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Most organizations depend on their uninterruptible power supply (UPS) to always have reliable power for their mission-critical equipment. When a commercial power outage happens, this is the line of defense. For this reason, it's important to know the status of your UPS batteries at all times.
Let's talk about how you can efficiently monitor your UPS battery backups.
When a battery fails, it puts additional strain on all the other batteries in the string. This means that the dead battery will draw power from the other batteries, which decreases their lifespan.
But that's not the only thing that can cause an impact in your UPS batteries life expectancy. There are many other points, such as:
Depending on your specific scenario, monitoring at the battery string level can be sufficient. But, since string voltage monitoring does not inform you about how many cells have degraded and to what extent, putting a cell level monitoring system in place is more efficient. This method can provide you with in-depth monitoring.
At the cell level, you'll have sensors connected to each battery cell to monitor each of your cells individually. These sensors will look not only for low voltages but a difference between the cells and the average of all the cells. A monitoring system such as this one is an efficient way to save you network downtime while also preserving the life expectancy of your batteries.
Whatever method you choose, just make sure that your monitoring system can store and analyze the data collected. When you apply analytics to alarm information you can identify trends, which allows you to determine when a battery is getting drained and you can replace It before it dies and compromises the rest of the string.
Also, your battery monitoring system should be capable of integrating smoothly with your infrastructure monitoring system. This provides you with a comprehensive and efficient monitoring approach, as all your alarms will be displayed in only one location: your central master station.
I recently had a conversation with a small rural Internet and telephone provider in Oregon. The engineer, Matt, was looking for a small RTU that could monitor two strings of UPS battery backups and function as a network switch. His question for me was: can DPS do that?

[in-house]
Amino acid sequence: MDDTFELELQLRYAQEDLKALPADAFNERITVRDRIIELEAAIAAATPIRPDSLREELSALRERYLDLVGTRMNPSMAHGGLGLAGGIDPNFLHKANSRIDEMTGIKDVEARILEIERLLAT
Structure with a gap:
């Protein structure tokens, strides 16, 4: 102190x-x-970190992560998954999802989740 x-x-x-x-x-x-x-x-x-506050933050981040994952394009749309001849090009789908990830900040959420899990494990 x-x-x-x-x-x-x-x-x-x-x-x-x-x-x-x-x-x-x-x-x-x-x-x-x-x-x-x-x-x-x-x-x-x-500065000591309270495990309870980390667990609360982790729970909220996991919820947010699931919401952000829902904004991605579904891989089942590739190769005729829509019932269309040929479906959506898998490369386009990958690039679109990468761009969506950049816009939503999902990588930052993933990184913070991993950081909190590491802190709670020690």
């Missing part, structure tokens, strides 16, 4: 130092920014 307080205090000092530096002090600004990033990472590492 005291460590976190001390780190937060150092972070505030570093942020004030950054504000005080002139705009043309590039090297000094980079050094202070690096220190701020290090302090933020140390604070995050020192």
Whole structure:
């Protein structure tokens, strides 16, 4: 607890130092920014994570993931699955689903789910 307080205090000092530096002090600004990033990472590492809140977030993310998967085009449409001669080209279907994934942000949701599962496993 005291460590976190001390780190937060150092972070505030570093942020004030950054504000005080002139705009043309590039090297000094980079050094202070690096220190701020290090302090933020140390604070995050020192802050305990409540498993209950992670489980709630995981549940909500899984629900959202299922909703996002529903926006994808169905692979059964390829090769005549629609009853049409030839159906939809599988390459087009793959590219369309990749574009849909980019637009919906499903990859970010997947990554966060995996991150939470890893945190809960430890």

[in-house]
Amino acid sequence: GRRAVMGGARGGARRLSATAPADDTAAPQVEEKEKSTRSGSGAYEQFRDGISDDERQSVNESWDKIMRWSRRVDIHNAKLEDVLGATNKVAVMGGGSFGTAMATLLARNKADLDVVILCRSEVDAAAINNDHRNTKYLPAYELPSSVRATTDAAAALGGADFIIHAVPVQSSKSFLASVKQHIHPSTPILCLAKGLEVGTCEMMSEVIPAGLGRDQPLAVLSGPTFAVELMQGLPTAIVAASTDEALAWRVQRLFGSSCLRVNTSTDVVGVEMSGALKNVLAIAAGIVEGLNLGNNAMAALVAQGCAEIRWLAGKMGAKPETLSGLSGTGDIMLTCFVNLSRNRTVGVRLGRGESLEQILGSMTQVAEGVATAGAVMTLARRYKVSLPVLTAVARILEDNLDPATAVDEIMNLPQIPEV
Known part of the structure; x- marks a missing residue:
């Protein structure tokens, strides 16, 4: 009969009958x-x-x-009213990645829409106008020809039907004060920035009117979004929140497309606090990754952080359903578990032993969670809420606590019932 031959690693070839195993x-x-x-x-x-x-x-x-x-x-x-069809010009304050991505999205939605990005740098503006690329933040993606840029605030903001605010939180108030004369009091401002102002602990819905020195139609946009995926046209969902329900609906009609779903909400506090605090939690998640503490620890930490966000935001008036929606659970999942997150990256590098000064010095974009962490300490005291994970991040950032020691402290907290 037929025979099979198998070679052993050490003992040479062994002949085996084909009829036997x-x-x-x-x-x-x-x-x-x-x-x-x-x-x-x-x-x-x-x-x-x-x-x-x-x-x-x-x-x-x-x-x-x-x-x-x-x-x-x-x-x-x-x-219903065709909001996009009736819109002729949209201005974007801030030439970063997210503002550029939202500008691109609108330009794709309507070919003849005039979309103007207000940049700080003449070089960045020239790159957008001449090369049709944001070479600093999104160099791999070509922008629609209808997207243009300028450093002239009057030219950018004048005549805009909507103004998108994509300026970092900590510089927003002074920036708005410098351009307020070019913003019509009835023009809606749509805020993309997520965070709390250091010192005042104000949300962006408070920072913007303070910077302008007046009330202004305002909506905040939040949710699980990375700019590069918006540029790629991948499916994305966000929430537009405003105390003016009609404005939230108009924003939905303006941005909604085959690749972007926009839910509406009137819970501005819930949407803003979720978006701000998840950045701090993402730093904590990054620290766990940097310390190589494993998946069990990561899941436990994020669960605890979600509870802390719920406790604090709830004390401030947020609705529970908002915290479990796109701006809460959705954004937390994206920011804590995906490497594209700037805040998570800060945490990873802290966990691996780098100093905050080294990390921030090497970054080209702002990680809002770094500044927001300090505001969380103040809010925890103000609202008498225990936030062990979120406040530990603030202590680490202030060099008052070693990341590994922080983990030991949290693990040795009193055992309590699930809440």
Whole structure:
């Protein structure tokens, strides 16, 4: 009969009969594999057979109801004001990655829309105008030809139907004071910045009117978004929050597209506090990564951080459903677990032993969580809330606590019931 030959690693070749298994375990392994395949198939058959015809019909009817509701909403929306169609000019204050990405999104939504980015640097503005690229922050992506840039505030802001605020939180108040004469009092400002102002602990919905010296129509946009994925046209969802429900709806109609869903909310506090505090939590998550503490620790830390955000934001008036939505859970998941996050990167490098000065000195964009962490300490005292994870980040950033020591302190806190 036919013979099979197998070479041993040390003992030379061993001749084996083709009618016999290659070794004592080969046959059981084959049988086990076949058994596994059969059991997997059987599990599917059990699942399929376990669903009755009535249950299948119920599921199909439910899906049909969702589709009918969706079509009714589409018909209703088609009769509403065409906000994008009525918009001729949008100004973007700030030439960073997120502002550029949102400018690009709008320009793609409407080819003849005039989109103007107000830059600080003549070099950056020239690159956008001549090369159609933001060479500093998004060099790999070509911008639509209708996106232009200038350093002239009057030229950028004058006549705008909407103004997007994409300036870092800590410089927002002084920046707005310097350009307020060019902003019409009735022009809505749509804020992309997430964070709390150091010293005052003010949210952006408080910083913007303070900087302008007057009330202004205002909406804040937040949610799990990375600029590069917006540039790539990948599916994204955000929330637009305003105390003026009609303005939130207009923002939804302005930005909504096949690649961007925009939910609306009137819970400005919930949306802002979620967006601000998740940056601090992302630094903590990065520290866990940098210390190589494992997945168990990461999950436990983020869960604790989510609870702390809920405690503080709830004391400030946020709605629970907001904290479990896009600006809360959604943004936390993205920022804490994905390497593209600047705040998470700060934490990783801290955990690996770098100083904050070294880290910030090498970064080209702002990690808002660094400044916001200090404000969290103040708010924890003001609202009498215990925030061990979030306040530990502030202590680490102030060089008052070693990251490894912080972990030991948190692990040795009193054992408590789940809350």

Naturally, I had to ask about the string specifications. Matt was working with -48 VDC UPS battery strings composed of four 12 V cells each.
At this point, I explained that the simplest thing the monitor would be string voltage. Monitoring the string voltage of your batteries enables you to know approximately how much battery life you have left as a percentage. This is one of the most important things to know about your batteries. Still, there's much more to battery monitoring than just collecting a simple string voltage with an analog input.
Matt wanted to know at midpoint voltage. He explained that his current issue was that the equipment he uses is old. It had been unreliable in sending SNMP messages when an alarm would clear.
The alarm state would not be canceled, so his team believed that something needed to be fixed. That left him in a situation where he had to manually test his batteries constantly. Most often, he'd find that nothing was wrong.
Considering our options together, I explained that we already log battery voltage at defined intervals. Because battery midpoint voltage is simply an analysis of voltage measurements across time, this would not be a challenge for our Fresno-based engineering department to solve via a simple firmware improvement.
This is exactly what Matt was looking for. He explained that a midpoint voltage measurement would give him an easier time narrowing down a bad UPS battery cell whenever it occurs.
As far as the network switch, he didn't need any particularly unique functionality. He just needed a standard Layer 2 managed switch, with an ability to set VLANs and static IP's. He did need very many ports. Four ports would probably be enough.
I asked about battery voltage, and Matt confirmed my suspicion that we would be powered by the -48 V available on the battery strings. That was great news, as an internally wired analog circuit would be able to measure the string voltages (A feed and B feed) of the UPS without requiring any additional wiring to a separate input port.
As far as mounting, Matt was comfortable with either rack mounting or DIN mounting. Of course, he already has a lot of rackmount equipment. He also noted that some of his line power shelf controllers are already DIN mounted.
The previous scenario was just one example. What is it that you need from a battery monitoring solution?
Few companies can give you a monitoring device built especially for your unique specs. But this can be accomplished. Since we're a vertically integrated company, we specialize in providing custom-built monitoring solutions. This means that you can treat us your person engineering department - we can design and build the device that will meet all your requirements.
Give us a call today and start improving your UPS battery backup performance.